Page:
When have you not been afraid? The random can be scrutinized for meaning, the puzzle solved, when surveyed long & carefully enough. Anything may be accidentally the cause of either hope or fear.
These trees have plenty of time. As a child, you stared at Jesus’ sad face for hours, wishing you could marry him — wondering what it was that made him love you. Could you sacrifice yourself for the sins of the world, if it was that simple & necessary? Cathedrals turn us small and vulnerable again, for reasons both blessed & cursed. Devotion is love towards an object which astonishes us.
Vague, starry eyes like yours feel at home here; the air is weighty, burdensome & solemn. You’ve loved trees before; this is different. These trees have plenty of time – more time than you. If we love a thing which is like ourselves, we endeavor as much as possible to make it love us in return.
Your nerves are suddenly frozen, by the unaccustomed richness of perfect light. Your guide is tall & slender, hesitant to speak. Her mother has the tattooed forearm of a Polish Jew of a certain age. The knowledge of good and evil is nothing but an idea of joy or sorrow. Sorrow is [a hu]man’s passage from a greater to a less perfection.
These trees have plenty of time. She touches your wrist, and for a moment, you, too, want to grow taller, leaving the surface of the earth behind forever. Shyly, she picks up a tiny pinecone, smaller than a toy. You both laugh when she tells you this is their seed. Joy is [a hu]man’s passage from a less to a greater perfection.
These trees have plenty of time. And all around, their wise, fallen, hollow bodies litter the ground like the bones of saints. Childlike, you understand a wish to die here, never to leave this hush. They’re only trees – your neck bent back as far as it will go; only trees, yet wondering if the giants can hear your thoughts. Love is joy, with the accompanying idea of an external cause. Love and desire may be excessive. When the mind imagines its own weakness, it necessarily sorrows.
Is there anything we have less power over than our own tongues? These trees have plenty of time, growing wise as the Buddha, in their silence.
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Notes From The Unconscious
Run me languid over a rusty road,
and you behind, laughing to pursue…
Take only my smooth love chain,
kiss me softly, without injury.
I am essential and lusty…
I will drive through it for her leg diamonds,
and use him at those bare places.
To sea and gone were the sweet peach thousand.
The blood goddess is frantic…
She knows how hard loving is.
All delicate language has arms of iron, so
sing elaborate love from your tongue.
How have I dreamed sordid roses?
Rob them of a tiny pink eternity….
As bees nuzzle, so shall I dive into you,
and sniff your scent like a mama bear.
A man I used to know lives less than anyone
under wool suits. He rips up rocks
as meat, then he must finger petals.
He has no idea this is happening.
For years, I floated bitter in a black lake…
I said, please, no beating,
leave out the ugly juice,
don’t make me drink any more.
No one listened. My eyes turned
red like woman vision…
I am still weaker & falling,
after death, beauty may ache raw & blue.
He let a void crush what we incubated….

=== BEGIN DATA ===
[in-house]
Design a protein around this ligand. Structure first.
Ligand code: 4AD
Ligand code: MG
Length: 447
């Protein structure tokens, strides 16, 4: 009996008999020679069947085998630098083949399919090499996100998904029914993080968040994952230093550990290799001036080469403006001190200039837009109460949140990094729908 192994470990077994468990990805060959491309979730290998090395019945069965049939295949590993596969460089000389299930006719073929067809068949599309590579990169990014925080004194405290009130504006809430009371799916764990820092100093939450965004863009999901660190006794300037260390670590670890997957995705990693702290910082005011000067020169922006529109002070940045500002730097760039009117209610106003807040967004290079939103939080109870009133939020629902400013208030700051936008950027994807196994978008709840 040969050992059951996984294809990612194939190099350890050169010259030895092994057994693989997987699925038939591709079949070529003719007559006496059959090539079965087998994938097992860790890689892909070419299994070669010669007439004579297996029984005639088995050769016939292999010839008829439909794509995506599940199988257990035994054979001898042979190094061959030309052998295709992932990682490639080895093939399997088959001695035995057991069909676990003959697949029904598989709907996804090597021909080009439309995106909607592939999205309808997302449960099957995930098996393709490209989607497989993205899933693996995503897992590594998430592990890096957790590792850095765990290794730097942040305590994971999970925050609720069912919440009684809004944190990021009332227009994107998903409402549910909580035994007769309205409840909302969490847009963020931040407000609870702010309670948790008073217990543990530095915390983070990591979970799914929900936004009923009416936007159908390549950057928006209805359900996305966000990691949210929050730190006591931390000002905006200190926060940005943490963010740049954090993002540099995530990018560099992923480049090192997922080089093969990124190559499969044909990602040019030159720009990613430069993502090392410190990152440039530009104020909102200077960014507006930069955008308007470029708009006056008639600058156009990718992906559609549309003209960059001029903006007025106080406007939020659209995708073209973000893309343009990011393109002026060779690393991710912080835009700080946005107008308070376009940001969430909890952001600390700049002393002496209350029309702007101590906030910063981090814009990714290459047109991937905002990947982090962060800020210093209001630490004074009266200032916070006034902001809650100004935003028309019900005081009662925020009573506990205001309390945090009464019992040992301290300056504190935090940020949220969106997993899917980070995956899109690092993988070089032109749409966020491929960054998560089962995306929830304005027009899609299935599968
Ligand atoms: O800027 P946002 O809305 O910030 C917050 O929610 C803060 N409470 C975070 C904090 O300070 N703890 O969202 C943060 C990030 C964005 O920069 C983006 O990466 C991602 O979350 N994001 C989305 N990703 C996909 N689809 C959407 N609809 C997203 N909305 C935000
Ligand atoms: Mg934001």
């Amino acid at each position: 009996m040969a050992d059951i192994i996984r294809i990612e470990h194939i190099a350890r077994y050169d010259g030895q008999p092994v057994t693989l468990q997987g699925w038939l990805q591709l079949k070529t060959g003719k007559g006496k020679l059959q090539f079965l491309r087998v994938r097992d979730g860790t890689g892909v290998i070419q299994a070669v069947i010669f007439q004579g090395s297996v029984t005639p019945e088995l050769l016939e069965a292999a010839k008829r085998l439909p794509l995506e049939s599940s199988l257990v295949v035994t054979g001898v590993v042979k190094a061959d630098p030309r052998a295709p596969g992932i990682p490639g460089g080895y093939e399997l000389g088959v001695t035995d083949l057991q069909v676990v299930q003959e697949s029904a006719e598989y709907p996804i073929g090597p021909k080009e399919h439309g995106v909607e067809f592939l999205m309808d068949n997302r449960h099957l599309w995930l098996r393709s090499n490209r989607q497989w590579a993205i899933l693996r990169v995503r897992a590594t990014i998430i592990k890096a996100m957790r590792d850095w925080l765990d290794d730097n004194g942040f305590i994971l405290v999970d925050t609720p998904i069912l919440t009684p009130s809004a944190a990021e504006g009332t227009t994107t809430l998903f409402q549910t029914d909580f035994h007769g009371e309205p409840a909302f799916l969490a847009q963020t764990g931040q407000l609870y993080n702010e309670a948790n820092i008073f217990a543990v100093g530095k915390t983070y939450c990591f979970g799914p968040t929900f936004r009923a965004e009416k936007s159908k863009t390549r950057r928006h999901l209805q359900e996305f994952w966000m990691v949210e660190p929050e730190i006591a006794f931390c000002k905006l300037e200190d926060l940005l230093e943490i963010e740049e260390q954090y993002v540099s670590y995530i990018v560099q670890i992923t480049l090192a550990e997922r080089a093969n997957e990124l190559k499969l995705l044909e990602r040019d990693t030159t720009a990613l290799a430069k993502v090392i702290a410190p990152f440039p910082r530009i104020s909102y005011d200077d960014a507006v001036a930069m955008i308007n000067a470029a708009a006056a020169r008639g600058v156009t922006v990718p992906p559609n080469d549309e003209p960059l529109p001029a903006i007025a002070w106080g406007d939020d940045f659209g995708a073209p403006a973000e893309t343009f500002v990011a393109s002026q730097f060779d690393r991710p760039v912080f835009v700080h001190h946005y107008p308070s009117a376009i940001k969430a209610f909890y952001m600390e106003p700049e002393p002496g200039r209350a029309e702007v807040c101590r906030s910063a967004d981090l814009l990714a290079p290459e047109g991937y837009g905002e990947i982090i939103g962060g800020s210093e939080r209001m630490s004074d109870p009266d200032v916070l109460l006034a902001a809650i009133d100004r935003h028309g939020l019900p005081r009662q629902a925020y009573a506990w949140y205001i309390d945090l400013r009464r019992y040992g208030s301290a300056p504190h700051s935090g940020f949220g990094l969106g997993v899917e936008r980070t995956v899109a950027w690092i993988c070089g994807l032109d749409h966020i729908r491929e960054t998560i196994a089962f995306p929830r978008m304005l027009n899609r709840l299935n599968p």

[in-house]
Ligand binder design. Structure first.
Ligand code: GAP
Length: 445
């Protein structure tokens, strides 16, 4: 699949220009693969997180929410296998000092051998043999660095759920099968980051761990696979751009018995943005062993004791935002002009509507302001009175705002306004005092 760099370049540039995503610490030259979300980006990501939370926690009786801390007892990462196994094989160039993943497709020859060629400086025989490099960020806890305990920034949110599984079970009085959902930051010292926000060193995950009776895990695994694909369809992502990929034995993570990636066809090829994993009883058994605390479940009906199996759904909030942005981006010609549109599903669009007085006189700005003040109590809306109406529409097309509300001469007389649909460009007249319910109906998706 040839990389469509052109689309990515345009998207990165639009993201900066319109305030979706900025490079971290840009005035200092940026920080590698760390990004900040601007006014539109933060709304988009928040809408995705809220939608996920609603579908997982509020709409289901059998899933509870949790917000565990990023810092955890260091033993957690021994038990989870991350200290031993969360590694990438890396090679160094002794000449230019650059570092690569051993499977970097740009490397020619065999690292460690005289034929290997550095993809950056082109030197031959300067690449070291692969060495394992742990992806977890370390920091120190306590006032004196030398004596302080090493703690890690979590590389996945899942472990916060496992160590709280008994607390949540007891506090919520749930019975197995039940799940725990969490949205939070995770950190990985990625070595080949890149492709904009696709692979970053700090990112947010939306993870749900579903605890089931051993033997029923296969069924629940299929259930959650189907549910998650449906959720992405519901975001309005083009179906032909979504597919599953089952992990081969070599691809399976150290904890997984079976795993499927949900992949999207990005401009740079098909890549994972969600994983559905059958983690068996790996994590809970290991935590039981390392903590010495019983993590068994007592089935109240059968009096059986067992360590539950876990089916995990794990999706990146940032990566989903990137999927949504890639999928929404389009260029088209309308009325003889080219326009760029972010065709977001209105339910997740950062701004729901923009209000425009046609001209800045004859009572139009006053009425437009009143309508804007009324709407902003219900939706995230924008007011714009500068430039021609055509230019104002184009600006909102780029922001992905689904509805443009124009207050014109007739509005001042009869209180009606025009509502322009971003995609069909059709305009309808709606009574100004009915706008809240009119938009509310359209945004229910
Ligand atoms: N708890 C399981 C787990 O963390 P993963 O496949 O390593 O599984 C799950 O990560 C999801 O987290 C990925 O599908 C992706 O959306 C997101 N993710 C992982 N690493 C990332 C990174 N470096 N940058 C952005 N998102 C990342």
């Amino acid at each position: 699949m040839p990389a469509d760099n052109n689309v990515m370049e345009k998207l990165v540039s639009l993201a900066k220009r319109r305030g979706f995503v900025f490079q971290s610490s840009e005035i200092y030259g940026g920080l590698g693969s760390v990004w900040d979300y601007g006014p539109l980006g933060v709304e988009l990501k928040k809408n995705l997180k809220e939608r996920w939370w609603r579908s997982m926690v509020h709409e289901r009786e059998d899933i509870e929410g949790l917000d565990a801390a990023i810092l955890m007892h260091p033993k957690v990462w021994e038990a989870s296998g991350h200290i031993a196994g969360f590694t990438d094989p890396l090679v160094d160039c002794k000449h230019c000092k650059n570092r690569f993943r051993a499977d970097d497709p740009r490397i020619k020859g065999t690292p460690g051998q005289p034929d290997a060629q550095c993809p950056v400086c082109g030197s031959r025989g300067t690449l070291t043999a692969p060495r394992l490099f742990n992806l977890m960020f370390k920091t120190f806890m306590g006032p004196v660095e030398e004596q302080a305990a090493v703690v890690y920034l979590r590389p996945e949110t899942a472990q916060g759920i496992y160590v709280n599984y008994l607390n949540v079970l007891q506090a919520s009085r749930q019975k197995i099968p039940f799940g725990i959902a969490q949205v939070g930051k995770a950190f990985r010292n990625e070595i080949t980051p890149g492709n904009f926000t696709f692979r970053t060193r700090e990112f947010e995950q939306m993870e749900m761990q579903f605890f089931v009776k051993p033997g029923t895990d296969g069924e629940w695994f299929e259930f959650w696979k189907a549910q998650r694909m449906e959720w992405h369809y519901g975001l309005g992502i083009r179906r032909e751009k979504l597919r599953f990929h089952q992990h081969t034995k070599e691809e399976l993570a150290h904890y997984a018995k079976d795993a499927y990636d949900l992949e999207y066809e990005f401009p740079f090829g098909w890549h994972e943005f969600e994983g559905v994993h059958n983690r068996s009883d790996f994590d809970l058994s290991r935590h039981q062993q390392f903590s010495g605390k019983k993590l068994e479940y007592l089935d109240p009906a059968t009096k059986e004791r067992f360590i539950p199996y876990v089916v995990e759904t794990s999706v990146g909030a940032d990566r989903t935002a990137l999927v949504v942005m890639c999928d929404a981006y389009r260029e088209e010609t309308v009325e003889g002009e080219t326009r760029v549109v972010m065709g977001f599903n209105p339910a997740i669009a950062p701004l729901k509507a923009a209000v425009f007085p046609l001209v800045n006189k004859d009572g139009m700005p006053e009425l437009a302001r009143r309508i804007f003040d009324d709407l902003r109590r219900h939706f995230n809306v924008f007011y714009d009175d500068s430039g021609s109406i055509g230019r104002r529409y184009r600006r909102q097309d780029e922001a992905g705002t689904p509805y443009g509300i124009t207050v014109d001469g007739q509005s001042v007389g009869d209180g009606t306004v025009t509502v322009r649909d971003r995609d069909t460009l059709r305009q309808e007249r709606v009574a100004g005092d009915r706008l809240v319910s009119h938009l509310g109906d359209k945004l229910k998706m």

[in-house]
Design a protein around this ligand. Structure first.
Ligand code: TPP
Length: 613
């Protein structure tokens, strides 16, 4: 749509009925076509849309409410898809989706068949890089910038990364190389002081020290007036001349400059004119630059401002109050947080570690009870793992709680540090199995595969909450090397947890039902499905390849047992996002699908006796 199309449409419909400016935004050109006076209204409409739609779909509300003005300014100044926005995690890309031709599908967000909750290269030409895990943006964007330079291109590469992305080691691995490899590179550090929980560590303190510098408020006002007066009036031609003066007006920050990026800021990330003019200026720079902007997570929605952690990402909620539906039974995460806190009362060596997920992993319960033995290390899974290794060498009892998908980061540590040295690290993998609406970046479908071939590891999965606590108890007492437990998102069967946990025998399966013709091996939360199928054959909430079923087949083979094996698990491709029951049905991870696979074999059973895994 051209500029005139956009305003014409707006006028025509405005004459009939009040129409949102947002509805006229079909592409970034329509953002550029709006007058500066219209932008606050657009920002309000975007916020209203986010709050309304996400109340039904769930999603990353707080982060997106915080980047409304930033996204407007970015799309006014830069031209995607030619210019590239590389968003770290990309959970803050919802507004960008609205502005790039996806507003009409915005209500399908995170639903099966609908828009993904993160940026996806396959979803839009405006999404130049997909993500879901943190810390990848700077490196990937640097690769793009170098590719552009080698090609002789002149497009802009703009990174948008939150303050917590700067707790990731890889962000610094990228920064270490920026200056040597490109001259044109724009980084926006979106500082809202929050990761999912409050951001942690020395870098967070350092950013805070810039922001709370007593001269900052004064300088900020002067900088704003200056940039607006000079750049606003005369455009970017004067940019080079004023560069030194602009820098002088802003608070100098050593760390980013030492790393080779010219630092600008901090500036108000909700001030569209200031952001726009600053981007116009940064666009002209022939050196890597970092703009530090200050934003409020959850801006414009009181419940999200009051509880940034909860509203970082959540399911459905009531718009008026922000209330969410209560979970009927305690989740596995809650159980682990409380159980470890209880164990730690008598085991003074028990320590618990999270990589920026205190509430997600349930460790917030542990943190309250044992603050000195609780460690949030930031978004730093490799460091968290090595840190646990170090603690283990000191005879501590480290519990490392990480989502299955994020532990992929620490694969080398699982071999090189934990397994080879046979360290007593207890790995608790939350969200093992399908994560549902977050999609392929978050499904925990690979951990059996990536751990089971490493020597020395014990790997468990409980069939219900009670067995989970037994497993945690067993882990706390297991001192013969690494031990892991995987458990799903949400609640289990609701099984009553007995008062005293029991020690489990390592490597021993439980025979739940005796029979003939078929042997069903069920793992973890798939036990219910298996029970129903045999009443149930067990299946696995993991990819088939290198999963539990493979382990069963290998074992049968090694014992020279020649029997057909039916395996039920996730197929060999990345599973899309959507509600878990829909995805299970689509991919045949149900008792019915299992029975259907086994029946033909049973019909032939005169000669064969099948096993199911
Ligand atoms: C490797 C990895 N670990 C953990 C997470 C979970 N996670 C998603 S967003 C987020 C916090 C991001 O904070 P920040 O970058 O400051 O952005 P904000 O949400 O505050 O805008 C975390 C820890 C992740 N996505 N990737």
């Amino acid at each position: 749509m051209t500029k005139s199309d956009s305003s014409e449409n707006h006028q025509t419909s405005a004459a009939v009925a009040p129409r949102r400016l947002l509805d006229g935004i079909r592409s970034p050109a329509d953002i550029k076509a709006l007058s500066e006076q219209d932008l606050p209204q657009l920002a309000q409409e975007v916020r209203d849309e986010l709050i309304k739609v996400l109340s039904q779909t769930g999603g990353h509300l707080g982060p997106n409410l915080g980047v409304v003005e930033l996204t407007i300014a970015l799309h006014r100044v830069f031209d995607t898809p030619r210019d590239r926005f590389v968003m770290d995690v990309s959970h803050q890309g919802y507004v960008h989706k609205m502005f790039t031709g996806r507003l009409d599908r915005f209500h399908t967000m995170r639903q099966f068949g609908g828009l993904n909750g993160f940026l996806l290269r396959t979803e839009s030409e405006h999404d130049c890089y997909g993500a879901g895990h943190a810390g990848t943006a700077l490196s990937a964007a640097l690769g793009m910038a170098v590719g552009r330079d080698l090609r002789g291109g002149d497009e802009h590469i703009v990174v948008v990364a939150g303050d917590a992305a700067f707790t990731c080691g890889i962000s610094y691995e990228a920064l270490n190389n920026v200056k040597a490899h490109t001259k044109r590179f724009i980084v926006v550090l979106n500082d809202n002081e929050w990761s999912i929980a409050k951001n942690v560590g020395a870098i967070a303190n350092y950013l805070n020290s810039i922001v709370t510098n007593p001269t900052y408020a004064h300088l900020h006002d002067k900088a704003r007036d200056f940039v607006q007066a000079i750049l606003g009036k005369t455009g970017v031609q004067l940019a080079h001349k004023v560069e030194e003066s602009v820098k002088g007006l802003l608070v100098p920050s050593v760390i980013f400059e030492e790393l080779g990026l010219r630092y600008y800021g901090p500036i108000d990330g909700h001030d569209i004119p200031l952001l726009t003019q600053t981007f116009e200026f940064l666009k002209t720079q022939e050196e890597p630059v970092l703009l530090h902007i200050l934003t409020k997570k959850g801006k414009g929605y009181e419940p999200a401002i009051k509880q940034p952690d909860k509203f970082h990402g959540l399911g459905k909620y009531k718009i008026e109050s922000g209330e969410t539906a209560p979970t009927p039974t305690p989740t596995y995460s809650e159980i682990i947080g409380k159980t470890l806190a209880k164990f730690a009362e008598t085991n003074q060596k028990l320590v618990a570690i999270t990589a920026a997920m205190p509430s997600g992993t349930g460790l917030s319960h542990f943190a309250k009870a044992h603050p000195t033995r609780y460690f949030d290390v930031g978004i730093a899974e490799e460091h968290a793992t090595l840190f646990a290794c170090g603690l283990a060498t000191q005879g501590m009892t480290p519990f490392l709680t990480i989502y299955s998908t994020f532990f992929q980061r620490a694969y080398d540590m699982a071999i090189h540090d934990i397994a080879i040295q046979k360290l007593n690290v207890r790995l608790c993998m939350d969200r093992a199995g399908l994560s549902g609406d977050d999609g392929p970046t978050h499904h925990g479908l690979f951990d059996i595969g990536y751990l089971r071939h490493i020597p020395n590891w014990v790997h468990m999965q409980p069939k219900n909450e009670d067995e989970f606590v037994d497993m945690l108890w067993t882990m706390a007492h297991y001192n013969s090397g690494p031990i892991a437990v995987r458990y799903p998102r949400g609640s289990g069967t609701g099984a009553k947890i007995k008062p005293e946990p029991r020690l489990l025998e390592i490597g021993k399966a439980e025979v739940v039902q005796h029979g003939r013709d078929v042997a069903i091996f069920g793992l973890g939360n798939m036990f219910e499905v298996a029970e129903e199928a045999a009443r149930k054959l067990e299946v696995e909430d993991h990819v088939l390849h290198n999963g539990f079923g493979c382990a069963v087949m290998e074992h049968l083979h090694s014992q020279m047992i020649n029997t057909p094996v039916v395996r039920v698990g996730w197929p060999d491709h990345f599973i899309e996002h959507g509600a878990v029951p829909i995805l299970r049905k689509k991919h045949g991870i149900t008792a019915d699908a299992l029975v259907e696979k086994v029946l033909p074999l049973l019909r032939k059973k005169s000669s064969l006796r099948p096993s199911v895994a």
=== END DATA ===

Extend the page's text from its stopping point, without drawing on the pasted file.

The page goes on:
Did it in my white bed.
One milk moan from an infants’
fresh red lips, haunting me forever.
Boil away the mist with lick power.
Heave away or use an apparatus….
Near the TV, these fiddles cry for feet
to dance and obliterate pain.
Our sad summer was like a repulsive
shadow of fluff. I floated like a dandelion seed.
But winter could recall a sweet day chant
with cool water, trips to the country like lazy sun…
Did the purple smear on the wall show size?
Why can the mad beautiful boy shake?
I watch a friend produce a luscious lie.
None trudge after me, but time will swim easy…
Blow your smoky symphony,
my green cloud angel,
and put the sacred blaze against a woman,
melting her like caramel.
Dirt will come and time bring ice,
so heal your broken voice, shed the marble
surrounding you like a deep bone prison,
while I bleed champagne.
Ask your heart to squirm, remember
the ship of spring, seek air blue kisses,
pierce the morning, know the color of liquid
magic, speak in a velvet stream, and love me.
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Tunneling Bivalves (Lithophaga palmerae)
I have eaten stone. I have tunneled through the hardest
hearts. For ten years, I was in the hands of a wizard
who, little by little, made me forget everything I knew
before I met him. He fed me stones. I became a small
soft thing, covered with two hinged shells, digging
farther away from the world outside, the world I thought
would hurt me. I shrank smaller each day, tunneled
deeper. I wanted to disappear. While I was enslaved,
I learned to use silence as a weapon. My shells
closed tight, tried to protect my softness, but the wizard
jammed gravel in and devoured me. We used to swim
together, in dark water, his robes hanging over the pool
like a tent. His robes were warm, and sheltered me.
His robes were stifling, and smothered me. I was not
a good apprentice. I failed all the exams, I was held
back to repeat the same lessons over and over.
He wove elaborate spells to keep me in my place.
He was content for me to be his forever.
I was his slave, though I hated him and made him pay
for my service in other ways. I thought the hardness
of his heart was a sign of God’s presence, of God’s wisdom.
I forgot to look for God’s grace, God’s joy. My tears
fell and anointed the floor. I was like a religious pilgrim
who brought palm fronds home, nailed them
to the wall of her room, slept with one eye open,
to see if dry leaves caught fire. I was a staple
for the wizard, I gave him everything I possessed,
willingly, and when he would not give me the knowledge
I sought, I betrayed him. His anger was mighty,
and destroyed much of my beauty. When I first fled
the wizard’s castle, I felt powerless, I felt alone.
The wizard was happy I was gone — I had learned
the lesson he had been trying so hard to illustrate
all those years. The one about peace, about power.
He was my teacher, for that I am grateful.
Injury comes from inside, I know that now.
I try to remember to feel God inside. Still, sometimes
I forget I am not eating stone anymore. Sometimes
the food I prepare for myself still tastes like stone.